FDI

SEC

OPEN

DF

0.052541

0.483485

0.673518

0.639981

(0,035)*

(0,072)*

(0,252)*

(0,307)*

*Student’s error

From test results of the trace shown in the table above, equation cointegration is as follows:

GDP =

0,052 FDI (0,035)*

0,483 SEC

0,673 OPEN

0,639 DF

(0,072)*

(0,252)*

(0,307)*

* Student’s error

This relationship is called cointegration of long-term relationship between the coefficients of financial development, FDI, human capital, trade openness and real GDP of the Tunisian economy. Following the existence of cointegration relationship, it is obvious to estimate error correction model (ECM), since the variables are integrated of order one.

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(FDI) and Economic Growth: an approach in terms of cointegration ...

3.3.3 The error correction model (ECM) The error correction model proposed by Engel and Granger (1987), describes a process of adjustment by contributing two types of variables, the level variables that measure long-term fluctuations and first difference variables that measure changes on the short term. The error correction model is as follows:

yt 0 1x1t 2 x2t k xkt et 1 t The coefficient (force towards the long-run equilibrium) must significantly be negative. The equation that relates the short run dynamics of economic growth based on the explanatory variables in this model is as follows.

(GDPt ) =

1,198ˆ +

0,329(GDPt 1 )

( 5,732 )*

(2,489)*

(2,530)*

0, 433(FDIt 1 )

38,211 (DFt 1 )

4,013(OPEN t 1 )

(2,960)*

(4,389*)

( 2,876 )*

+ 3,805(SECt 1 )

*Values in parentheses are the t-statistics

Looking at the t-statistics we could see that all coefficients are statistically significant ( | t | 1,96 ). According to estimation results, we note that the coefficient associated with the restoring force toward equilibrium is negative ( 1,198 ) and statistically significant at 5%. Therefore the error correction mechanism, that is to say the catch can tend towards the long-term relationship, has been validated. Therefore, the change in the inward FDI directly affects real GDP, the same for the other explanatory variables. This result also shows that real GDP in the year prior to a positive and significant effect on the current real GDP. GDPt 1 to the coefficient of (0,329). The significance of real GDP could be due to the fact that real GDP in Tunisia is a true proxy for economic growth and/or the size of the internal market. The high demand caused by the decline in unemployment experienced in the country. Indeed, strong economic growth leads to increase of income per capita and to the improvement of the well-being of the population. The wealth thus generated allows the state to invest more in social sectors (education, health, and housing), creating employment and infrastructure.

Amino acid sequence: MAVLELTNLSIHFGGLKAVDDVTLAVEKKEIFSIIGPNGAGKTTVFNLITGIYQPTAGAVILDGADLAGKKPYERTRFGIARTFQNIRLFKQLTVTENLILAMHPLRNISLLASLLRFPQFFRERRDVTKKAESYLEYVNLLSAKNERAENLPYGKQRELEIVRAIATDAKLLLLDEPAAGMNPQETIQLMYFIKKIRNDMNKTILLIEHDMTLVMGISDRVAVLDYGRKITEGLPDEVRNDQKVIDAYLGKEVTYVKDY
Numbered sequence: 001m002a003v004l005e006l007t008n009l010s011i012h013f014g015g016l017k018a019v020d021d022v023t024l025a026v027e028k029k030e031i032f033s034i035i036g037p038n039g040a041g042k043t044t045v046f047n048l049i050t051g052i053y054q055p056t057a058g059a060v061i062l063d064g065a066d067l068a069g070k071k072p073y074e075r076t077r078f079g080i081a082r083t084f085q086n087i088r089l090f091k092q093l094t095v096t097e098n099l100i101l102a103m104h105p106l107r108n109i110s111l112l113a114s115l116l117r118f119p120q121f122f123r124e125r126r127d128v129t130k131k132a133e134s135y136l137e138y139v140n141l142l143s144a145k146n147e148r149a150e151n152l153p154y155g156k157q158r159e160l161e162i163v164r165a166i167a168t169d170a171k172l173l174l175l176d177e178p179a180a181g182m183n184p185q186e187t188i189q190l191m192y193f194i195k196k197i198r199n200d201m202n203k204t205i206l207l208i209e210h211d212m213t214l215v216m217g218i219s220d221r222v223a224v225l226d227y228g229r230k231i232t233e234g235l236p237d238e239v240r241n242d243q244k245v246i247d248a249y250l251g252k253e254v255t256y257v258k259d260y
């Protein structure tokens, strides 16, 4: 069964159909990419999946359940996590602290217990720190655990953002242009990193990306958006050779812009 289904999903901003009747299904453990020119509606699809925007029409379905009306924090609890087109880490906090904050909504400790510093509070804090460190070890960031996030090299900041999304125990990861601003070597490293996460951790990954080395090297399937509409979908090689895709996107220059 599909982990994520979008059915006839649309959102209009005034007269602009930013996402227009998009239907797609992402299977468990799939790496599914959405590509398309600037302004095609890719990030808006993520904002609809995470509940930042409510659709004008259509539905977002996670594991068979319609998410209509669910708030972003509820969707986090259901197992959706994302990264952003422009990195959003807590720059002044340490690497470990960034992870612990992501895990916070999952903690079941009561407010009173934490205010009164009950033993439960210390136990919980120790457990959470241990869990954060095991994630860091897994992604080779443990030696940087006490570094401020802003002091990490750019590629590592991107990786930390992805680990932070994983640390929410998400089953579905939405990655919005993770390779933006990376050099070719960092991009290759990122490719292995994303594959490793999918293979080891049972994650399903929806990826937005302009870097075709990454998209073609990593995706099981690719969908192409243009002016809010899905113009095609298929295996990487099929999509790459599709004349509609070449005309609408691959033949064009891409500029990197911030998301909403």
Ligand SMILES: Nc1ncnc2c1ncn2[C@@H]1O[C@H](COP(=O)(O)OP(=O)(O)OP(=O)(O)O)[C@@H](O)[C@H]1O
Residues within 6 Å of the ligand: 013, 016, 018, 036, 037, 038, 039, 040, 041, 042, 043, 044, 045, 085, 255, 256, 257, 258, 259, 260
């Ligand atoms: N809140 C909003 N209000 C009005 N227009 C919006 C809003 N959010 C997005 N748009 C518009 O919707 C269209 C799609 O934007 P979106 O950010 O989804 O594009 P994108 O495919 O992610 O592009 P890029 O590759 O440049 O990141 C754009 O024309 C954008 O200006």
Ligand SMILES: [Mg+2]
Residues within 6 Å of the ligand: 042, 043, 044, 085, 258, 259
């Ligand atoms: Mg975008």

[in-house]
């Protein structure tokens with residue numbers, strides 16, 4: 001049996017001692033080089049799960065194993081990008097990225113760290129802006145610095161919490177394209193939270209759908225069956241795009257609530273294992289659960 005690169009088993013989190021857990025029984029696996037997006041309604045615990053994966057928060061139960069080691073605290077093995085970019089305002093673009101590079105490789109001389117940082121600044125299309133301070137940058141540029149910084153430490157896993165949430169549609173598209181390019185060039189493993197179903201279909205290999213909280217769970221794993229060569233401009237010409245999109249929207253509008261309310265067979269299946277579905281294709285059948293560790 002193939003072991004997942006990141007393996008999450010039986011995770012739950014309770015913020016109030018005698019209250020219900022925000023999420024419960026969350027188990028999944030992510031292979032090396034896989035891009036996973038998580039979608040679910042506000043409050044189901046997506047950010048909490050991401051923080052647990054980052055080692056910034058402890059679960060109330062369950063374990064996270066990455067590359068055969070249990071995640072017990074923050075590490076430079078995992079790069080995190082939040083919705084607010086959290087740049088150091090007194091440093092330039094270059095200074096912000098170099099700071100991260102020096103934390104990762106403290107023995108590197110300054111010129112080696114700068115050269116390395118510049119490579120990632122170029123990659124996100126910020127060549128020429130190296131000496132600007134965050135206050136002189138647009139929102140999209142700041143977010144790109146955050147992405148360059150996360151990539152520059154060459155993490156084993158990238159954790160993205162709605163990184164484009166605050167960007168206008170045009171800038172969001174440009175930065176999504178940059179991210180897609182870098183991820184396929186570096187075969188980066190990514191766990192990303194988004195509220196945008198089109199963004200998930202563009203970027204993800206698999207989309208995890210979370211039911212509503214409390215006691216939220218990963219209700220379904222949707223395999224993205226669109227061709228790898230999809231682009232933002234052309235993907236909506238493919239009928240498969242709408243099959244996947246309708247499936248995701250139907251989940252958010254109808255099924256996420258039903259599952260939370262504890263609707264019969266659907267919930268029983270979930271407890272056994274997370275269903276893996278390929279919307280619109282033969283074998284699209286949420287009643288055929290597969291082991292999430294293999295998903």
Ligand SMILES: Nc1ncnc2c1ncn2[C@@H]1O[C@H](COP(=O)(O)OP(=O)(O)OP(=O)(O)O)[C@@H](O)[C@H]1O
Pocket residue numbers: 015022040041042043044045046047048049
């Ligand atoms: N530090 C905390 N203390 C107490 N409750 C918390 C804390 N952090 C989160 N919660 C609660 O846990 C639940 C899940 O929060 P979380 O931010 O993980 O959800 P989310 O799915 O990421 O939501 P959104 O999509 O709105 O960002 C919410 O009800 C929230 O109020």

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In addition, the relationship between trade openness and economic growth, we find that this variable has a negative impact ( 4,013 ) on economic growth. Examination of the coefficient associated with the variable ( OPEN t 1 ) can draw up the following conclusions: Trade liberalization has negatively affected the real sector in Tunisia, since the majority of Tunisia’s exports are composed of natural raw materials and agricultural products. The financial system has not benefited so far from the commercial openness of Tunisia on the outside, as it has a negative impact on growth in Tunisia. And this can be explained by the fact that the trade volume is still modest due to ignorance expressed by investors to the various services performed to facilitate exchanges and to delineate the associated risks. Similarly for the FDI variable to a positive impact on economic growth. IDE t 1 to the coefficient (0,433). This can be explained by some political and economic factors which are widely cited in the literature on FDI and enhance the natural interest of foreign investors in Tunisia. Indeed, Tunisia is investing a lot to improve the attractiveness of FDI and Tunisian legislation continues to encourage FDI by tax incentives and support the state social insurance contributions. The state provides substantial bonuses to export -oriented investments. From a tax perspective, foreign investors are fully exempted from income tax during the first ten years of their activities and a reduction of 50% for the next years. Similarly, political stability in Tunisia also plays a key role in attracting FDI; this stability is synonymous to trust in business. Moreover, economically there is a positive relationship between human capital and economic growth. SECt 1 to the coefficient of (3,805). This variable is statistically significant in explaining the evolution of real GDP. This may be due to the national policy on human resources development for the improvement of skills and know-how to better exploit the technological potential. Two main underlying orientations: (a) improving employability which should result in increased internal and external efficiencies of educational system and training, and (b) the development of knowledge economy with all the means it requires. On the basis of these strategic objectives, the reform process currently engaged that affect all segments of the educational system were defined. This shows that Tunisia considers that human resources are its greatest asset and its greatest asset in economic development. Finally, the coefficient of financial development in a positive (38,211) and significant. This can be explained by the fact that Tunisia has a stable macroeconomic environment (this condition implies in government deficits and a reasonable external low inflation).